Microsoft Surface Pro Reviews
Here we go folks, the Microsoft Surface Pro reviews are out so lets see what people are saying about Microsoft’s ‘no compromise’ tablet computer.
I like the original Surface and see it as a tablet with the extra benefit of some Microsoft Office programs. However, I am less enamored with the Surface Pro. It’s too hefty and costly and power-hungry to best the leading tablet, Apple’s full-size iPad. It is also too difficult to use in your lap. It’s something of a tweener — a compromised tablet and a compromised laptop.
The Pro weighs 2 pounds, which is light for a laptop but anvil-like for a tablet. That is almost 40 percent heavier than the weightiest iPad and over 40 percent thicker. I found this bulk made the Surface Pro even clumsier than the RT is to use on my lap with the keyboard cover, even with the kickstand, which works far better on a desk than on one’s knees.
We’re still completely enraptured by the idea of a full-featured device that can properly straddle the disparate domains of lean-forward productivity and lean-back idleness. Sadly, we’re still searching for the perfect device and OS combo that not only manages both tasks, but excels at them. The Surface Pro comes about as close as we’ve yet experienced, but it’s still compromised at both angles of attack. When trying to be productive, we wished we had a proper laptop and, when relaxing on the couch, we wished we had a more finger-friendly desktop interface — though more native Windows 8 apps might solve the problem by keeping us from having to even go there.
Even a well-executed Surface still doesn’t work for me, and I’d bet it doesn’t work for most other people either. It’s really tough to use on anything but a desk, and the wide, 16:9 aspect ratio pretty severely limits its usefulness as a tablet anyway. It’s too big, too fat, and too reliant on its power cable to be a competitive tablet, and it’s too immutable to do everything a laptop needs to do. In its quest to be both, the Surface is really neither. It’s supposed to be freeing, but it just feels limiting.
The downsides are obvious. Compared to an iPad or Nexus 10, Surface Pro’s battery life is abysmal. Compared to other Ultrabooks it’s not too bad, but for Surface to succeed it really needs to do well in both spaces. Haswell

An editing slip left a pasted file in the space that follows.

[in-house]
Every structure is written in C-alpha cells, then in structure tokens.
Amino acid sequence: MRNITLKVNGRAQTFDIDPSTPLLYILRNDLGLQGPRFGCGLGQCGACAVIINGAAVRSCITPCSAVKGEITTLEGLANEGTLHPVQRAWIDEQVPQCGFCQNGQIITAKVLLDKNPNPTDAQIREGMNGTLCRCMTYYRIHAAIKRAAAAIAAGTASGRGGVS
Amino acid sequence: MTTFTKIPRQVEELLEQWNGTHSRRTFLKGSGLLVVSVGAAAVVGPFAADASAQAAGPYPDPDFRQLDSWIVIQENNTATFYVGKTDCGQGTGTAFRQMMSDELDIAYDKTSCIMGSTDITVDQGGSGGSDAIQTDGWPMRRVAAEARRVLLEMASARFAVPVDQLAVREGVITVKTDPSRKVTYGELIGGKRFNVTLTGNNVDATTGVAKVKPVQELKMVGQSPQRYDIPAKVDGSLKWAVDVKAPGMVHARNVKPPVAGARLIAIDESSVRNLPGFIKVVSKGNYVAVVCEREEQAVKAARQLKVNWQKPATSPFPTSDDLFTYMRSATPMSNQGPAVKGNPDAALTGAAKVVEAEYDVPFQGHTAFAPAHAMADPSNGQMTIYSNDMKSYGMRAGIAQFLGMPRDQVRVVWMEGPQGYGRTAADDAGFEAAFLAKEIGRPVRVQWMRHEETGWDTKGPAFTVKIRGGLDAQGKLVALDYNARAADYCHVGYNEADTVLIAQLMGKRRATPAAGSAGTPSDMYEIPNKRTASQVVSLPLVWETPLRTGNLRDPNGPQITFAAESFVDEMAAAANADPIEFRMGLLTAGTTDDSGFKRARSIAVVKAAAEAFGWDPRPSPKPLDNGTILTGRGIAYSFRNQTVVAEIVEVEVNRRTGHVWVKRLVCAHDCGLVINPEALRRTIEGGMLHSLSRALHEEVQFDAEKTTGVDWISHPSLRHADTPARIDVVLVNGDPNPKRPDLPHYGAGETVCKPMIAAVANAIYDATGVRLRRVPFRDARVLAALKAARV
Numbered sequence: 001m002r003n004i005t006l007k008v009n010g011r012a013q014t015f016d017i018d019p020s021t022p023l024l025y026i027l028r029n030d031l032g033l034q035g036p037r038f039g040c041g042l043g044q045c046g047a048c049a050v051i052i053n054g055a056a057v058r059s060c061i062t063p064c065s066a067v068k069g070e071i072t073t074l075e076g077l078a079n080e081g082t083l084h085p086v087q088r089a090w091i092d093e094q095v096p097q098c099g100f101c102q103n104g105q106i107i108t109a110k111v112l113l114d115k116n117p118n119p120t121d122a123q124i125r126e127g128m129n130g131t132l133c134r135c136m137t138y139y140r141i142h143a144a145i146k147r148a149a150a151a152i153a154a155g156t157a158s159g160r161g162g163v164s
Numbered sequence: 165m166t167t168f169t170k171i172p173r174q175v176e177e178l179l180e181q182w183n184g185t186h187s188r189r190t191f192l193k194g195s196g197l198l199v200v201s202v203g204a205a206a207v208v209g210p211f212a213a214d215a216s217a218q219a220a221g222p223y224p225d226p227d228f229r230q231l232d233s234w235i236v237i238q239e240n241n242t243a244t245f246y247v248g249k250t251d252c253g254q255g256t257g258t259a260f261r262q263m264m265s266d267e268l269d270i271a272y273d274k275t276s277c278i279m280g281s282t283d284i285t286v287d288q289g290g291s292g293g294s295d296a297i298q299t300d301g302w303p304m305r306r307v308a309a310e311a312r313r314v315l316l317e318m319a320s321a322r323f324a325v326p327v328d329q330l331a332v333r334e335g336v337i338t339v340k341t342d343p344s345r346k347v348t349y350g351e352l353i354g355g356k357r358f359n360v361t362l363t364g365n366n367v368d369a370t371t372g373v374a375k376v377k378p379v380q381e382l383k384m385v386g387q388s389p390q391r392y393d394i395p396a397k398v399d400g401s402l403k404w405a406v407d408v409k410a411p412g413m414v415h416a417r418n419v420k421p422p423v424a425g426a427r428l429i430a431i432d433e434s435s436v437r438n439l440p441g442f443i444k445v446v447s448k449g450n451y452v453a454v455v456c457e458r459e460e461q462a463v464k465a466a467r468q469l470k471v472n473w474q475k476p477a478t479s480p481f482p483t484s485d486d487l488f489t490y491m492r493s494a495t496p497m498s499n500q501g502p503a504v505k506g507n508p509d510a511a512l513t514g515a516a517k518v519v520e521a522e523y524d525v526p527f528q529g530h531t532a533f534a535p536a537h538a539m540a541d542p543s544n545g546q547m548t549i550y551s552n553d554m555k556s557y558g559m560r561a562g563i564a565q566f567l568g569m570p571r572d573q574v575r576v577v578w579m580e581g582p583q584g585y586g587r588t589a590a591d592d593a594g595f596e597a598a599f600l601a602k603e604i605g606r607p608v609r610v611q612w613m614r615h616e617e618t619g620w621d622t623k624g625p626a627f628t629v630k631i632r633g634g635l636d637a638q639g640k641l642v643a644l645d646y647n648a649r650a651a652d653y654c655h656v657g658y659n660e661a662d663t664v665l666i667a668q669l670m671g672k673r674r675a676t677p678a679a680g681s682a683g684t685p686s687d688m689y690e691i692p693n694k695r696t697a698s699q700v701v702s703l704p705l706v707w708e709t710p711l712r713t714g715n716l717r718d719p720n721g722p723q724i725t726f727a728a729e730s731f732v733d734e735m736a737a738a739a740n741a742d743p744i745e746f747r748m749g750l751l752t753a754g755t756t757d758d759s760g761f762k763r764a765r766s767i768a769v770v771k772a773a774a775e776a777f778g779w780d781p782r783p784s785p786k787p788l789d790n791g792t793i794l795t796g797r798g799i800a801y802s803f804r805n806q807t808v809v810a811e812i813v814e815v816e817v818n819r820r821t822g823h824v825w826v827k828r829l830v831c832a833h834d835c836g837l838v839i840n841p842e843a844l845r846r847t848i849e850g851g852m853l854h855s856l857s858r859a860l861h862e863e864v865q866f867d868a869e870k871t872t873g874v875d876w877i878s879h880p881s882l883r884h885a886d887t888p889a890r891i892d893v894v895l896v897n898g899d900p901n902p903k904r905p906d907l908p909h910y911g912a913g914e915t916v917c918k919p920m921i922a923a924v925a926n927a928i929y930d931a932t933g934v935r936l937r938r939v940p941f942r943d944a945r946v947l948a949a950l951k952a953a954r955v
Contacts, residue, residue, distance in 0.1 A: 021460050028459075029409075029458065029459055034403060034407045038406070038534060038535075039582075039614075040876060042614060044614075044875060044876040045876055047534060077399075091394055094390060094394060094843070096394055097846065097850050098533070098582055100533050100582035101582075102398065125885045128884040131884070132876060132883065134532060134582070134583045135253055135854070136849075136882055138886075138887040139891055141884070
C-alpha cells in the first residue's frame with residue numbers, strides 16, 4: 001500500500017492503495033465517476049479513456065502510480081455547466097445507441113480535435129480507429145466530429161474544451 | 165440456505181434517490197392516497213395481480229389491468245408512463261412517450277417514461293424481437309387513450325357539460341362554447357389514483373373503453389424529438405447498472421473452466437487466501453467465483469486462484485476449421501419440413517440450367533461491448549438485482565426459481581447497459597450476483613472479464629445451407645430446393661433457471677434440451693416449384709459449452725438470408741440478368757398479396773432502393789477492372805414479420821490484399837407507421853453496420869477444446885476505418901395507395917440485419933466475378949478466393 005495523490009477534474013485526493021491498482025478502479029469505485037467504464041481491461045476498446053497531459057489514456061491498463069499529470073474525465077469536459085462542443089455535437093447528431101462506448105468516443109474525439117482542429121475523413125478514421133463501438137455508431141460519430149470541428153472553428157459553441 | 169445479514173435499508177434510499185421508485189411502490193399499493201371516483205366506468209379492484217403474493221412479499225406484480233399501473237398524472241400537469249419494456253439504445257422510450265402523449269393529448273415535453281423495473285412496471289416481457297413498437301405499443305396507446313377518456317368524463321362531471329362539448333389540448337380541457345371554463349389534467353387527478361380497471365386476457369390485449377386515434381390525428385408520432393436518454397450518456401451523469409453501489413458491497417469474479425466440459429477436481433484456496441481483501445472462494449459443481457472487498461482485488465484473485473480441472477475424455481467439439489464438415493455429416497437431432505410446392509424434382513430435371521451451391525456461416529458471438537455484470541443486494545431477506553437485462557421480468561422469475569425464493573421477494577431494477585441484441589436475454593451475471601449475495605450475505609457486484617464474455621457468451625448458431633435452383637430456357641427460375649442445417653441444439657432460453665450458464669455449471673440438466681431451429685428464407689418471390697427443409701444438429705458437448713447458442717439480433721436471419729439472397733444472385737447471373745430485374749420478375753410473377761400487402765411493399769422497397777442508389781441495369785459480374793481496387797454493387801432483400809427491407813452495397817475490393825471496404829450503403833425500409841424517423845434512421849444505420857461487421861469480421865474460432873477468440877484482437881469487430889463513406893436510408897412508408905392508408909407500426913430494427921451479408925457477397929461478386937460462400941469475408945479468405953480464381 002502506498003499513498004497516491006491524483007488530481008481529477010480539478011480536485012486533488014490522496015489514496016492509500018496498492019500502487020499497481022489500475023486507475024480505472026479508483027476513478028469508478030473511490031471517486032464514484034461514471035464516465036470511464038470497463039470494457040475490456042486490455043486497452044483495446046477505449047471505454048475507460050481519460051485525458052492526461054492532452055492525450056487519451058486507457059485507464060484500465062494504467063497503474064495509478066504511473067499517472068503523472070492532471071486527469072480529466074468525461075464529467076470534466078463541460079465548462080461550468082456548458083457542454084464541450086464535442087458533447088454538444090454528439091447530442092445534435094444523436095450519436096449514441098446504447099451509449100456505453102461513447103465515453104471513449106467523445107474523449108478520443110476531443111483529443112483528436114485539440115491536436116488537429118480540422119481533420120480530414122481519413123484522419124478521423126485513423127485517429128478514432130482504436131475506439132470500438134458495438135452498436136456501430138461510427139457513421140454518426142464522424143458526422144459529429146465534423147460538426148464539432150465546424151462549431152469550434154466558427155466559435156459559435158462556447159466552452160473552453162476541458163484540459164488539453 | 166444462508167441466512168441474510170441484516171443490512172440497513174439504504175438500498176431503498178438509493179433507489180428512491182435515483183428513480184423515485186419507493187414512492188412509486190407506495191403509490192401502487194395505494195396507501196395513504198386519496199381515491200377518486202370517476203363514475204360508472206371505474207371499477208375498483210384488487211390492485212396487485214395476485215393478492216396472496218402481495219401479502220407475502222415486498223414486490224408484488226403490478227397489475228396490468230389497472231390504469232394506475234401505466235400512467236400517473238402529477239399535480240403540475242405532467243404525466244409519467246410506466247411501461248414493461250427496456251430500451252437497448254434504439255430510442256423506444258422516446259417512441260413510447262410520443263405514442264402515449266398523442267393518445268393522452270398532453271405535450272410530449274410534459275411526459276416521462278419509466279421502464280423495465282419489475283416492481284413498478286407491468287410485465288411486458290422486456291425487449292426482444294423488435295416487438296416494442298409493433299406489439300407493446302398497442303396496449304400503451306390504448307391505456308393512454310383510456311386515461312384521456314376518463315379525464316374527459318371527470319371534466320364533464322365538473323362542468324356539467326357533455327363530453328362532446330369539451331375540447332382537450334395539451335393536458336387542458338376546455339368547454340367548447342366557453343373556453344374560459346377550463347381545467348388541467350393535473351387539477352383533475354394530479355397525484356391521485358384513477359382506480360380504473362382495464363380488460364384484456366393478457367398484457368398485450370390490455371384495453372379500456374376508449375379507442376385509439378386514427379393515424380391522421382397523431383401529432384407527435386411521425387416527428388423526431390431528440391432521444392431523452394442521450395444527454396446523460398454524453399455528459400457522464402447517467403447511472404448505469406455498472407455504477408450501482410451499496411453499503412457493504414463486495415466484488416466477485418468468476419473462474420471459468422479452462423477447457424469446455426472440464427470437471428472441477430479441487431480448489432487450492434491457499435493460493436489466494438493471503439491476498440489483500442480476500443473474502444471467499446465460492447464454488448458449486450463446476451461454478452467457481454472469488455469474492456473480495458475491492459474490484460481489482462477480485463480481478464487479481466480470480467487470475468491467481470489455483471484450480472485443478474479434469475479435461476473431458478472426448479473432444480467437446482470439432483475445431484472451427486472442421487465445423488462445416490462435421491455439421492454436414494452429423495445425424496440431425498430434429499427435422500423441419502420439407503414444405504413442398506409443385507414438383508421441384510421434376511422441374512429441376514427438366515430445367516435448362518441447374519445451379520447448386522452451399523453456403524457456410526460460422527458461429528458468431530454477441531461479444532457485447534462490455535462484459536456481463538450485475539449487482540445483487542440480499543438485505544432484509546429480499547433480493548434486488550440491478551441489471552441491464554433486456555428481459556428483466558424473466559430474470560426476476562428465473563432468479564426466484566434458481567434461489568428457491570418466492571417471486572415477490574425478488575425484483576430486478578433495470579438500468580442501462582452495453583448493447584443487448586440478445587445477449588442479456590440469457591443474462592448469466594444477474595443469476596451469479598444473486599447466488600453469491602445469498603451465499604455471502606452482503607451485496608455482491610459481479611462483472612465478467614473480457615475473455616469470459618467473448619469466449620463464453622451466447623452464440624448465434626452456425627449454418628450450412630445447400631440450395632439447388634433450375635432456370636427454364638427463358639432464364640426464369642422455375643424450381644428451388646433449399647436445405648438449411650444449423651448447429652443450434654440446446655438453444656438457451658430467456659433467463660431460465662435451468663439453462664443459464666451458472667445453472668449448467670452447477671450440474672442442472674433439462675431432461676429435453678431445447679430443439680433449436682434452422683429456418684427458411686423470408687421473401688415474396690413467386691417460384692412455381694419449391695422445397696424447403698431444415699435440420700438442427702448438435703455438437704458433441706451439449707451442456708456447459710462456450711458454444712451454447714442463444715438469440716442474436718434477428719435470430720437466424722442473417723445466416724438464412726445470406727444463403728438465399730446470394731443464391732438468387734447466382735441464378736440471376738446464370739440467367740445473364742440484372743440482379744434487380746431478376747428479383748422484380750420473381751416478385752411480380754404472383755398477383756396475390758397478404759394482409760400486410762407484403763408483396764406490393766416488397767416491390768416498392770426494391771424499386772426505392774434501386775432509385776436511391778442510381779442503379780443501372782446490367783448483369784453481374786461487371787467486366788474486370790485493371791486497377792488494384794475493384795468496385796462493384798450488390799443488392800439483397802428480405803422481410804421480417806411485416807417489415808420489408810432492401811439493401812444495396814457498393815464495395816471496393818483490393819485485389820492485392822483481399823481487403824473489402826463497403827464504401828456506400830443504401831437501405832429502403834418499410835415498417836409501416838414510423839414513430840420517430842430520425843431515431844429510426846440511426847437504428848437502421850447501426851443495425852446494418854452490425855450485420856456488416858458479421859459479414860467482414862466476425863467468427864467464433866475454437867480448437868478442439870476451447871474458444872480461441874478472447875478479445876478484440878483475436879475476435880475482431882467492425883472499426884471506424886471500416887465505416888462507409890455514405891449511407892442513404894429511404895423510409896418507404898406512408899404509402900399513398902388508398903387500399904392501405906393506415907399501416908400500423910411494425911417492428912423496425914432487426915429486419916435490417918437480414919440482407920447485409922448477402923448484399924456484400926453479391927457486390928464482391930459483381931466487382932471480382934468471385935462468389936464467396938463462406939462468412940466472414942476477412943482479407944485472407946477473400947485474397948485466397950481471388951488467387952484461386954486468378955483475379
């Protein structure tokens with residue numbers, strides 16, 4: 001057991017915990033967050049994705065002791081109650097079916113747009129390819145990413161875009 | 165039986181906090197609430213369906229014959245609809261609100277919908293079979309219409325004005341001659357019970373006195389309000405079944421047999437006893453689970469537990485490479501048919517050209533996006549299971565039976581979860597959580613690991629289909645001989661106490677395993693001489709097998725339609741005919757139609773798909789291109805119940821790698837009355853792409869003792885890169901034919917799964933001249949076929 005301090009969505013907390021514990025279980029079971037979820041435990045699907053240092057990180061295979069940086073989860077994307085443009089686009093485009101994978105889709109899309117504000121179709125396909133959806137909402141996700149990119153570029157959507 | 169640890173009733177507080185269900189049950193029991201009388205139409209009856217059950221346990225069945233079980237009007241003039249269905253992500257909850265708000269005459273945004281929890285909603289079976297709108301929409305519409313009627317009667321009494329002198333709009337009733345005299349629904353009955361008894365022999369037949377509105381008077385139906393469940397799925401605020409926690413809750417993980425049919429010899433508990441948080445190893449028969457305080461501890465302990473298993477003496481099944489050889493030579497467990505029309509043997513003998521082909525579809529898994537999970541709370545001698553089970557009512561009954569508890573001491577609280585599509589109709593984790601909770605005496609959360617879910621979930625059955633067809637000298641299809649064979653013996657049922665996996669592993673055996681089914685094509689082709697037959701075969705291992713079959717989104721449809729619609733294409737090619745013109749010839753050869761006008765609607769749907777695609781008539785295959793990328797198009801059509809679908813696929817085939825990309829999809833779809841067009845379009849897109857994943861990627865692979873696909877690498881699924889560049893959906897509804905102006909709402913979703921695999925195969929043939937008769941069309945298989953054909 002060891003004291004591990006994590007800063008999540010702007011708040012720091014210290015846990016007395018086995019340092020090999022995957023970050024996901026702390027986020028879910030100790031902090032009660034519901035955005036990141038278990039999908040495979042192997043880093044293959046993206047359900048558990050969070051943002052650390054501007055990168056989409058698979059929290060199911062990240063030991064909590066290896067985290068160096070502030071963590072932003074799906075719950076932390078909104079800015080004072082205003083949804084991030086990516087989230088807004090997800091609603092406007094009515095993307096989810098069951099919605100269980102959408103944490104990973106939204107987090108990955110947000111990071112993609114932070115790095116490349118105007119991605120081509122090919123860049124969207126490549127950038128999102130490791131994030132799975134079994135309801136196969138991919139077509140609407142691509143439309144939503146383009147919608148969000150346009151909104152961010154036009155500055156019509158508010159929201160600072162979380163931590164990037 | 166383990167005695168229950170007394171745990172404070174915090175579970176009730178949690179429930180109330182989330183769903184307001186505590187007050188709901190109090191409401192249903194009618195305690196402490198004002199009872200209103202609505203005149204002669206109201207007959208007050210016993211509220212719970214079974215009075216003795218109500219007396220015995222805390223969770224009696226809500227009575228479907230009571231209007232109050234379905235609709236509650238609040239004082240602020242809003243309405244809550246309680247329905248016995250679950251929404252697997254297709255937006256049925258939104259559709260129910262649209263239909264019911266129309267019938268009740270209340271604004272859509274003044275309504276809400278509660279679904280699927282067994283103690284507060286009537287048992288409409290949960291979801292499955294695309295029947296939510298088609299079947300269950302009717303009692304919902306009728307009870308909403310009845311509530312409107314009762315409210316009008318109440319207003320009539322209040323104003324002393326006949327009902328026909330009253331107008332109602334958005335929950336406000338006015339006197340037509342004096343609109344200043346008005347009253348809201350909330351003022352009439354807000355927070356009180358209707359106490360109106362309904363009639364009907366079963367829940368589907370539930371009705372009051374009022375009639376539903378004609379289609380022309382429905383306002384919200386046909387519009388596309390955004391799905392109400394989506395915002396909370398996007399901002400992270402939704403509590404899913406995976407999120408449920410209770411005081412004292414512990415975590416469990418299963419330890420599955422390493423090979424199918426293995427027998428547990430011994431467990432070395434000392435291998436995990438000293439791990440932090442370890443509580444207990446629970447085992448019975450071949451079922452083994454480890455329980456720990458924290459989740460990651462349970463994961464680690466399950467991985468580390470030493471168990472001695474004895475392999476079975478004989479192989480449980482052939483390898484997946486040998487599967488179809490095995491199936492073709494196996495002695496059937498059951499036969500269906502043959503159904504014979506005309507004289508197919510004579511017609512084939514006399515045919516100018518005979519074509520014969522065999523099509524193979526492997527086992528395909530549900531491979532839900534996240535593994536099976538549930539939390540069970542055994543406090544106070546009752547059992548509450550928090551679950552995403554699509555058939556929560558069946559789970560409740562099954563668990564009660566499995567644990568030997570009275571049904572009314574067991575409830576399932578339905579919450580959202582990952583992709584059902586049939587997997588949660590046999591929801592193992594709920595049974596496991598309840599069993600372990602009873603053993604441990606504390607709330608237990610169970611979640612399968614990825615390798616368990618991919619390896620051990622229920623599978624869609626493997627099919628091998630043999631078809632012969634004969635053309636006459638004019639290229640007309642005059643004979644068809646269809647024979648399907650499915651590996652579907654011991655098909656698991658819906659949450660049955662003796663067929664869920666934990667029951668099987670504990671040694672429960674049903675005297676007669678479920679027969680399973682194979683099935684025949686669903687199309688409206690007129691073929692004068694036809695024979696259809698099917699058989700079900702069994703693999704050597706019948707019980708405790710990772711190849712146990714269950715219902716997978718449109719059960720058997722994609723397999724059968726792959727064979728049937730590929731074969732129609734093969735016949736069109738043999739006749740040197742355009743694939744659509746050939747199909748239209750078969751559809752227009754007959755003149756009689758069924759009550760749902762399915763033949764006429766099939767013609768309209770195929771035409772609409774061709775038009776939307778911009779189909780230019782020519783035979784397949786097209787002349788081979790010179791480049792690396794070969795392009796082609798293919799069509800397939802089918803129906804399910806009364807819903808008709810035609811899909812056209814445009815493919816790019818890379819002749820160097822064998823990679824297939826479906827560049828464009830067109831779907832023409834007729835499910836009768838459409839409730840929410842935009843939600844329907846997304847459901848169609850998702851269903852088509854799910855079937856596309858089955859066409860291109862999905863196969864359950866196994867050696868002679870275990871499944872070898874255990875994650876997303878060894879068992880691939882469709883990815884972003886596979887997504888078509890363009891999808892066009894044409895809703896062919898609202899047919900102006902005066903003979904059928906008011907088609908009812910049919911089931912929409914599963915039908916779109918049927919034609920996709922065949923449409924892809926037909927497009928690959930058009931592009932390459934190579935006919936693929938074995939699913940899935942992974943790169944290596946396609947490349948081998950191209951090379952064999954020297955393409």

is part of the solution to this problem, but we’re still talking about waiting until the end of the year before Microsoft can realistically integrate that.
Surface Pro is also considerably thicker and heavier than any popular ARM tablet on the market. Even Surface RT feels like a pleasure to hold after working with Surface Pro for a while. If you’re coming from an ARM based tablet, you’re not going to be happy with Surface Pro’s weight. If however you’re coming from the perspective of a notebook user, it’s not bad at all. Once again, with lower power hardware I see Microsoft being able to minimize this – but that’s a topic for Surface 2 Pro.
In short, this is a great product for anyone who’s already committed to a Microsoft-centric work environment. It isn’t likely to inspire many iPad owners to switch, unless those Apple tablets are in the hands of someone who has been eagerly awaiting an excuse to execute the iTunes ecosystem.
I don’t expect Surface Pro to be a breakout hit for Microsoft. Too many people will have good reasons to say no, at least for now. But it does represent a solid, interesting, adventurous alternative for anyone who wants to spend some quality time today exploring Microsoft’s vision of the future.
Overall, Surface Pro is, like its RT-based predecessor, a compromise of sorts. I argued earlier that the word “compromise” has been contorted to mean something very negative, in the same way that people use terms like “bias” somewhat incorrectly to cast a negative light on opinions they wish to undermine. I can tell you that based on decades of experience testing computing hardware—or what others would incorrectly call “bias”—that Surface Pro is an absolutely wonderful device, one that reaches a nice mix the pragmatic (PC compatibility) and the emotional.
Surface Pro is also not for everyone. And while I and others will endlessly compare this device to Surface RT, given their shared heritage, that comparison is ultimately unfair, since Surface RT isn’t a real computer. No, Surface Pro needs to be compared to the touch-capable Ultrabooks and other Windows 8-based hybrid PCs that are now hitting the market.
The Surface Pro hits stores on Feb. 9, with the 64GB model coming in at $899, while the top-of-the-line 128GB version will cost $999.